Everything you need to know about aura

When describing a typical migraine headache, most experts will mention the “aura” that often precedes the headache. In fact, this is so common that experts consider migraine with aura as a “classic” example of this type of headache.

What is migraine aura?

About fifteen or twenty minutes before a migraine headache begins, you might begin to experience disturbances in your vision, including shimmering spots or stars, twinkling lights, zigzagging lines, blurred vision and even partial blind spots. These might be severe enough to interfere with reading or your ability to drive safely. There may also be other sensations in your body, including feelings of numbness, tingling, dizziness or trouble with speaking. Some people may notice a characteristic odor. If you do get the aura, it is likely that you will have the same collection of symptoms each time.

Women are more at risk for migraine with aura than men, which leads some to speculate that the phenomenon is associated with monthly hormonal changes, including menstruation, pregnancy and menopause.

A typical aura will begin with barely noticeable symptoms, grow in intensity and subside in about twenty minutes. The headache may begin after the aura stops or may overlap with it. Some people may have the aura without ever getting the headache; for these people the aura is usually more of a nuisance than anything else. They may need to take a break from the computer or reading, or may have to pull over to the side of the road if they are driving.

It is thought that author Lewis Carroll, who wrote Alice in Wonderland, suffered from migraine with aura, and that some of his writing may have described his own visual disturbances during these times. So if you have this classic form of migraine, you are in good company!

Causes of migraine aura

Whatever triggers your migraine (such as foods, fatigue, stress, or hormones) will also trigger a migraine aura. According to the National Headache Foundation, “migraine aura is not due to lack of blood flow (ischemia) or constriction of the brain’s blood vessels. Instead, aura is produced by hyper-excited nerves in the brain that are activated prior to migraine pain. When the excited nerves are activated in the visual processing areas of the brain, the patient experiences visual symptoms.”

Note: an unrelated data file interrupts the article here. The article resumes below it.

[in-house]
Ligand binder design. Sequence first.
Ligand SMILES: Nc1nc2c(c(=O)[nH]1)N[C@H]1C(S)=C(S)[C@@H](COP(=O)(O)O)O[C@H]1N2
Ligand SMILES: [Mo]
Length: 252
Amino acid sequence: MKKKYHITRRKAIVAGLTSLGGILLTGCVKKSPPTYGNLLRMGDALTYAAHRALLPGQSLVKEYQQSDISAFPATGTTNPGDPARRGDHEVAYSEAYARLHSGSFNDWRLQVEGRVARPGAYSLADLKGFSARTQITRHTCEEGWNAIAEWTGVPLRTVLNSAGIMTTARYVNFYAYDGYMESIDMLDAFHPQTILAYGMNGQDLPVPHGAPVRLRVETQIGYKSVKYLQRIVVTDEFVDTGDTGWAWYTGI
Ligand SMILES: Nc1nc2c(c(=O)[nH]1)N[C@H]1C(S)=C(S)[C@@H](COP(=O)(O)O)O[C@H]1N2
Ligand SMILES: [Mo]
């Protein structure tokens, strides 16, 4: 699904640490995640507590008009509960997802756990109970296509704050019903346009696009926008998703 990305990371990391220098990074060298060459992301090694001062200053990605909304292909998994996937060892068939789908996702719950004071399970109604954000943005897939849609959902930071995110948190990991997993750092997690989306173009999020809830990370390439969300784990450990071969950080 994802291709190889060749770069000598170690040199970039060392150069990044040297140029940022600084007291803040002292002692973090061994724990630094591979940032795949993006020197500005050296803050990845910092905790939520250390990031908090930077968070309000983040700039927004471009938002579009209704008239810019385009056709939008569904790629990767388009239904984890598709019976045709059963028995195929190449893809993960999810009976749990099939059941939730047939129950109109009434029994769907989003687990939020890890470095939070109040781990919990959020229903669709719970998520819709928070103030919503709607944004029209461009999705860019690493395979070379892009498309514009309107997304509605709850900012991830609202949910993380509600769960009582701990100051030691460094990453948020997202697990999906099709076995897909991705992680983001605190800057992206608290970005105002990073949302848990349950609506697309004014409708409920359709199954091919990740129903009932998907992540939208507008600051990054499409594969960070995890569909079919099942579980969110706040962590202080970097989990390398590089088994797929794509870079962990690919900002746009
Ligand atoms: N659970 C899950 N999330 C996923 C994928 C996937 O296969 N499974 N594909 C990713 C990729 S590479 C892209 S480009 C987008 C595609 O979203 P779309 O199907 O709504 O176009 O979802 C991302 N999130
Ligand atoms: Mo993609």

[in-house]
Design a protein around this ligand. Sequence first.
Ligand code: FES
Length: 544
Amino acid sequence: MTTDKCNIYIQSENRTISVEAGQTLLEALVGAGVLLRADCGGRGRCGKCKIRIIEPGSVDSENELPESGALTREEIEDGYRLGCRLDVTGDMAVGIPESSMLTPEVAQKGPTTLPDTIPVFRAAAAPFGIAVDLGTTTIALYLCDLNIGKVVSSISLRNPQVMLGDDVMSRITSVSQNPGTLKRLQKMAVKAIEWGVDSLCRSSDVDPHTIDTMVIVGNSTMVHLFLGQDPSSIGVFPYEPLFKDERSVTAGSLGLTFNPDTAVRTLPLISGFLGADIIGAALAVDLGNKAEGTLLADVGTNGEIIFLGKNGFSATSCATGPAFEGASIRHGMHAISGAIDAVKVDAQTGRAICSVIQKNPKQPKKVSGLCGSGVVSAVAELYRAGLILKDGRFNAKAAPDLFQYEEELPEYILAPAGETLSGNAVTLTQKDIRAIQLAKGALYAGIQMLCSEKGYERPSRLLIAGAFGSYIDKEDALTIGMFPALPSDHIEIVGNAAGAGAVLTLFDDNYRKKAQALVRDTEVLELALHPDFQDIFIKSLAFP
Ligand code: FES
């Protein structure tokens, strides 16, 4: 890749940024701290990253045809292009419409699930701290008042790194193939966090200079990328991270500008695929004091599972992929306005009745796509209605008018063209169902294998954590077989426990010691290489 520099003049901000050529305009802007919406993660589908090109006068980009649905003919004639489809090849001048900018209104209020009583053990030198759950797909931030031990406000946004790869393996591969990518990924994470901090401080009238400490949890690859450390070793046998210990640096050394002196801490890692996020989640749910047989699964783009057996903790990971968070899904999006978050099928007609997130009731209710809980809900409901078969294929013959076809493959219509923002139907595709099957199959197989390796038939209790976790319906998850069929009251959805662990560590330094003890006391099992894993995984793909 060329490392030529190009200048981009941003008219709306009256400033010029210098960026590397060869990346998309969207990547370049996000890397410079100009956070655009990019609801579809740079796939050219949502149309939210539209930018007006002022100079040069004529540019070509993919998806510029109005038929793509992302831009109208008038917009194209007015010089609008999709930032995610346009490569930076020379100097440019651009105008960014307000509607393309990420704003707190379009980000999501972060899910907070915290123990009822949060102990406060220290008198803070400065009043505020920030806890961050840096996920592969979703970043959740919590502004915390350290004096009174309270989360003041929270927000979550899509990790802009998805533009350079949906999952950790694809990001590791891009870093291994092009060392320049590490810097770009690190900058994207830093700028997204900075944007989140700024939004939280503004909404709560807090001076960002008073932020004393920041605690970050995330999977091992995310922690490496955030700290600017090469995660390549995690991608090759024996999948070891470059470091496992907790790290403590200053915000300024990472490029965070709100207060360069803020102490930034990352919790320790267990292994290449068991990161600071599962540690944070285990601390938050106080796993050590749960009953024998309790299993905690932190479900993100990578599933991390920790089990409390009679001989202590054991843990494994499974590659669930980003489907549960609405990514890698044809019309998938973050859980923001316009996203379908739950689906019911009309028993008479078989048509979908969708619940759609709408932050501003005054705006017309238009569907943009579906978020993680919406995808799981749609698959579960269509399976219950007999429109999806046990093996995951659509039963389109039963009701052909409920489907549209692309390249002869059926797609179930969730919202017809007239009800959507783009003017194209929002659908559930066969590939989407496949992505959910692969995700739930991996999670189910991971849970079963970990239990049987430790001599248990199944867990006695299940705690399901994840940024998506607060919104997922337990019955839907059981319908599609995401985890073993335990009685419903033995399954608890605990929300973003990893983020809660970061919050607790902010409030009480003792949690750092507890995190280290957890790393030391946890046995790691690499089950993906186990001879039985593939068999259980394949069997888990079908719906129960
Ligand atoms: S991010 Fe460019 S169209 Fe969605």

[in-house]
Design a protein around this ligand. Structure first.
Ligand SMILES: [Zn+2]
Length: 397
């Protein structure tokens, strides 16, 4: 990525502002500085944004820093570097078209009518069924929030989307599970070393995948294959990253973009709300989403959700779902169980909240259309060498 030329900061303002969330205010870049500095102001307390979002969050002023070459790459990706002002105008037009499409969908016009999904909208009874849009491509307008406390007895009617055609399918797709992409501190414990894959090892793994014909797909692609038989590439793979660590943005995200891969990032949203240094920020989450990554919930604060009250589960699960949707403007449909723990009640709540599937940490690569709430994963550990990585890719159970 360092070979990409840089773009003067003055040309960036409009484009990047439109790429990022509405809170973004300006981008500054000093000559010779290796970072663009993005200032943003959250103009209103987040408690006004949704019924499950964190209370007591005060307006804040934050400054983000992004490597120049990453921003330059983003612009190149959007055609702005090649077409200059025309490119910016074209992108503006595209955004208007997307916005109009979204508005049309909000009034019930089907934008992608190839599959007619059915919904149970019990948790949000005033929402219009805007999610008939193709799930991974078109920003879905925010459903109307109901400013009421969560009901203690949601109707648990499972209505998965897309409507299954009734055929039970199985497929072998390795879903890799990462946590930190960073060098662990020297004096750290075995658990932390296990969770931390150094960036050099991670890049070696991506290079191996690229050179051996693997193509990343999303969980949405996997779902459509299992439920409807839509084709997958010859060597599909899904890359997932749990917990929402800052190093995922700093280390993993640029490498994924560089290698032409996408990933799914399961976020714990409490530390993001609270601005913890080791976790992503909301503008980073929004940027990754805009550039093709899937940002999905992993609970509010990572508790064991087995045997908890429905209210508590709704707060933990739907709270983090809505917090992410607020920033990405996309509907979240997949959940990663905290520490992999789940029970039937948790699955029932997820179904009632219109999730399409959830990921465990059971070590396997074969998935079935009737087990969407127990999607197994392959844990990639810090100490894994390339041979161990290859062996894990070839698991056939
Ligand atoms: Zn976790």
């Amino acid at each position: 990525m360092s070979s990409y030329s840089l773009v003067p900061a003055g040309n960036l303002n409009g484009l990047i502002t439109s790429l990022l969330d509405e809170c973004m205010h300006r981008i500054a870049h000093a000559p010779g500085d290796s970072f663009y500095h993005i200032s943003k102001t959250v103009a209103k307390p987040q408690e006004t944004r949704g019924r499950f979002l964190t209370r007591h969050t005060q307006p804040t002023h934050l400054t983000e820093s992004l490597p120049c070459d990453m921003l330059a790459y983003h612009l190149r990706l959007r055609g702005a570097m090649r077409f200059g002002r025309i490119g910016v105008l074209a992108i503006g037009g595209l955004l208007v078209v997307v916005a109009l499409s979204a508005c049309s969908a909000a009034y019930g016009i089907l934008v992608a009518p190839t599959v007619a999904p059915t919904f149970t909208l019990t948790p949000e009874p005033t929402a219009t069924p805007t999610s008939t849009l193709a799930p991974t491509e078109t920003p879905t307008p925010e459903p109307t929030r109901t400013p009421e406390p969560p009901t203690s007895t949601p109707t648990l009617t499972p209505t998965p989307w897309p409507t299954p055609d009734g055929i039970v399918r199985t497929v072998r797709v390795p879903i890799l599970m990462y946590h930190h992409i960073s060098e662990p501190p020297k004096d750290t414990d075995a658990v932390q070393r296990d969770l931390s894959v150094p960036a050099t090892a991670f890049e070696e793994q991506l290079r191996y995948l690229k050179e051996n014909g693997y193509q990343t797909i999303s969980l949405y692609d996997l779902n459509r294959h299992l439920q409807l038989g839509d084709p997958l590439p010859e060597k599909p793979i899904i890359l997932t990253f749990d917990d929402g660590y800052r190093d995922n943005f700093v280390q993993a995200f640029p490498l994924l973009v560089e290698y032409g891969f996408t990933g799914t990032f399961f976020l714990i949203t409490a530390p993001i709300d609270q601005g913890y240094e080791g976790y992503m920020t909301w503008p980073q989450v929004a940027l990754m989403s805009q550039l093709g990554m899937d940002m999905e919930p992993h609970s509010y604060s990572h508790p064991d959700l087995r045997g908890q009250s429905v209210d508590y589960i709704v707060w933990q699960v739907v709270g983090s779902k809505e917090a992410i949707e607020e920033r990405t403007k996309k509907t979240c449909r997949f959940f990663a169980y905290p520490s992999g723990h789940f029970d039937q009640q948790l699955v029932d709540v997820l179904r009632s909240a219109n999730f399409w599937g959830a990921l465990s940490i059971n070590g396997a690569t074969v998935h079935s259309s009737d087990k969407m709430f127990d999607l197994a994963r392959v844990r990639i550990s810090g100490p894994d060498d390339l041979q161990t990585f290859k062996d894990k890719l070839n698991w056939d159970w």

We know that aura originates in the brain, rather than in the eye, because it occurs in both eyes. If you shut either eye, you still have the visual disturbance. (Another type of migraine, called “ocular migraine,” occurs only in one eye and the part of the head behind that eye.)

Treatment recommendations

Don’t ignore the aura. Take it as a warning sign that a migraine is coming and take action to ward off or diminish the headache pain. The further along the headache progresses, the harder it is to stop.

When treating migraine with or without aura, always consult with your health care provider. There are effective treatments that can be used at the onset of an aura to ward off or reduce the pain of the headache, but if you don’t consult with an expert, you won’t know about them. Another reason for seeking medical advice is that the symptoms of aura, if they are not related to migraine, may signal a more serious problem that requires immediate treatment.

If your symptoms are those of a migraine aura, however, there are several treatment options to explore with your provider that may prevent or diminish the headache if you use them as soon as the aura begins. These include medications, herbal products, acupuncture and acupressure. Lying down and resting in a darkened room, as well as taking medications specifically formulated to prevent the headache from maturing into that ‘mushroom cloud’ of pain, can be effective.

Migraine aura can be frightening when you first experience it, but it is actually a useful tool. Not only does the aura warn you of an impending headache in time to take some preventive action, it may also be the only reason that people seek medical attention for their migraines. We know that half of people with migraines try — usually unsuccessfully — to treat their headaches on their own. So if a scary visual symptom is the only thing that gets you to seek medical help, at least it gets you in the door of someone who can help treat your migraine headaches.

Best, of course, is to avoid both migraine and aura completely by avoiding your personal migraine triggers. There are also a number of medications that help to prevent both migraine and aura, including blood pressure medicines, beta-blockers and some antidepressants. Your health care provider can help you determine the medication that is best for you.

References

Podoll, K. & Robinson, D. (1999). Lewis Carroll’s migraine experiences. Lancet, 353(9161), 1366.